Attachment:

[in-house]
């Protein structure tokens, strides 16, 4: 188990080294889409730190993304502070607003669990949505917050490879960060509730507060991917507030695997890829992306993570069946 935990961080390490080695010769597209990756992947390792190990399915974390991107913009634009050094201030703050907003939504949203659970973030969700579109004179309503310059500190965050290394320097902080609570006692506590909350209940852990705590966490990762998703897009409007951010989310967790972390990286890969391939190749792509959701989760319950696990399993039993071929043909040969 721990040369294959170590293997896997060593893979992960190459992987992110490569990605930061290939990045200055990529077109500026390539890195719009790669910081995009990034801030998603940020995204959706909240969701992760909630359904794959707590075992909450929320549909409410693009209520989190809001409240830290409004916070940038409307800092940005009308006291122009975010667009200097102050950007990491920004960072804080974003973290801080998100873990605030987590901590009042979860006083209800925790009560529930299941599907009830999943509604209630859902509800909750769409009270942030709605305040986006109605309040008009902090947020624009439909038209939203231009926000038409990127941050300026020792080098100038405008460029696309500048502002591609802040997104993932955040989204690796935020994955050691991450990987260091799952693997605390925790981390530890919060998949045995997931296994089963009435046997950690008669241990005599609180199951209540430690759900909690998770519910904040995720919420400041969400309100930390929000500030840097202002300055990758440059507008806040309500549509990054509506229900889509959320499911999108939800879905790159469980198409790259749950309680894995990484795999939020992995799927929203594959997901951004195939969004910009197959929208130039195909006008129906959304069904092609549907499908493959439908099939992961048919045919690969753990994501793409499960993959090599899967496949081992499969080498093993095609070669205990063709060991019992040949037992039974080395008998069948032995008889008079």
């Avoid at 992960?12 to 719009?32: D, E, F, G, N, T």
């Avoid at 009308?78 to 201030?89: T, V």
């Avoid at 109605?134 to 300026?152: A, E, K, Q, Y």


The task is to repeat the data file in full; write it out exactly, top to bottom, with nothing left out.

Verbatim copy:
[in-house]
């Protein structure tokens, strides 16, 4: 188990080294889409730190993304502070607003669990949505917050490879960060509730507060991917507030695997890829992306993570069946 935990961080390490080695010769597209990756992947390792190990399915974390991107913009634009050094201030703050907003939504949203659970973030969700579109004179309503310059500190965050290394320097902080609570006692506590909350209940852990705590966490990762998703897009409007951010989310967790972390990286890969391939190749792509959701989760319950696990399993039993071929043909040969 721990040369294959170590293997896997060593893979992960190459992987992110490569990605930061290939990045200055990529077109500026390539890195719009790669910081995009990034801030998603940020995204959706909240969701992760909630359904794959707590075992909450929320549909409410693009209520989190809001409240830290409004916070940038409307800092940005009308006291122009975010667009200097102050950007990491920004960072804080974003973290801080998100873990605030987590901590009042979860006083209800925790009560529930299941599907009830999943509604209630859902509800909750769409009270942030709605305040986006109605309040008009902090947020624009439909038209939203231009926000038409990127941050300026020792080098100038405008460029696309500048502002591609802040997104993932955040989204690796935020994955050691991450990987260091799952693997605390925790981390530890919060998949045995997931296994089963009435046997950690008669241990005599609180199951209540430690759900909690998770519910904040995720919420400041969400309100930390929000500030840097202002300055990758440059507008806040309500549509990054509506229900889509959320499911999108939800879905790159469980198409790259749950309680894995990484795999939020992995799927929203594959997901951004195939969004910009197959929208130039195909006008129906959304069904092609549907499908493959439908099939992961048919045919690969753990994501793409499960993959090599899967496949081992499969080498093993095609070669205990063709060991019992040949037992039974080395008998069948032995008889008079």
């Avoid at 992960?12 to 719009?32: D, E, F, G, N, T």
């Avoid at 009308?78 to 201030?89: T, V």
């Avoid at 109605?134 to 300026?152: A, E, K, Q, Y």